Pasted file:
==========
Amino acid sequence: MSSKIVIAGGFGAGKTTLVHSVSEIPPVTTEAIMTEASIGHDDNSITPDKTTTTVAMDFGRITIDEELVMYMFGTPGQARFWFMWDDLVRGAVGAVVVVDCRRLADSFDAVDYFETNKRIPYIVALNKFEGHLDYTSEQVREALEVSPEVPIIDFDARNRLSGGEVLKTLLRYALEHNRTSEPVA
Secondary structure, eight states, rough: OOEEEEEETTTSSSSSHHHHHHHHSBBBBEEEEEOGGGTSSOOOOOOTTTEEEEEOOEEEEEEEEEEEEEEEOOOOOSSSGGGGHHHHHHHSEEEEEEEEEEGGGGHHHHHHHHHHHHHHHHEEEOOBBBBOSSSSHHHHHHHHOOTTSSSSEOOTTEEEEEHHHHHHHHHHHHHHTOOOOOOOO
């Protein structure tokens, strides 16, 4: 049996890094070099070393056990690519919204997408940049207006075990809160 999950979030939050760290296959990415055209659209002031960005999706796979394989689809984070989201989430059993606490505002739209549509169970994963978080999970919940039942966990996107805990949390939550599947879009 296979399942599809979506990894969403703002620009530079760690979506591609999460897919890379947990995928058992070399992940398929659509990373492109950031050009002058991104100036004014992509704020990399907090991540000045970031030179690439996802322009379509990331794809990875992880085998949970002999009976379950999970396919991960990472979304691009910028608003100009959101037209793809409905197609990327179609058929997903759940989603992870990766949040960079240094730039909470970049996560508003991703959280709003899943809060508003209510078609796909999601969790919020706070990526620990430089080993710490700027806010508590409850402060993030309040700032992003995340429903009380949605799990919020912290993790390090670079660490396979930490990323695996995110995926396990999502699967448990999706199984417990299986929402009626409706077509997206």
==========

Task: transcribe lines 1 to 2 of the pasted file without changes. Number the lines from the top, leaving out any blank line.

Amino acid sequence: MSSKIVIAGGFGAGKTTLVHSVSEIPPVTTEAIMTEASIGHDDNSITPDKTTTTVAMDFGRITIDEELVMYMFGTPGQARFWFMWDDLVRGAVGAVVVVDCRRLADSFDAVDYFETNKRIPYIVALNKFEGHLDYTSEQVREALEVSPEVPIIDFDARNRLSGGEVLKTLLRYALEHNRTSEPVA
Secondary structure, eight states, rough: OOEEEEEETTTSSSSSHHHHHHHHSBBBBEEEEEOGGGTSSOOOOOOTTTEEEEEOOEEEEEEEEEEEEEEEOOOOOSSSGGGGHHHHHHHSEEEEEEEEEEGGGGHHHHHHHHHHHHHHHHEEEOOBBBBOSSSSHHHHHHHHOOTTSSSSEOOTTEEEEEHHHHHHHHHHHHHHTOOOOOOOO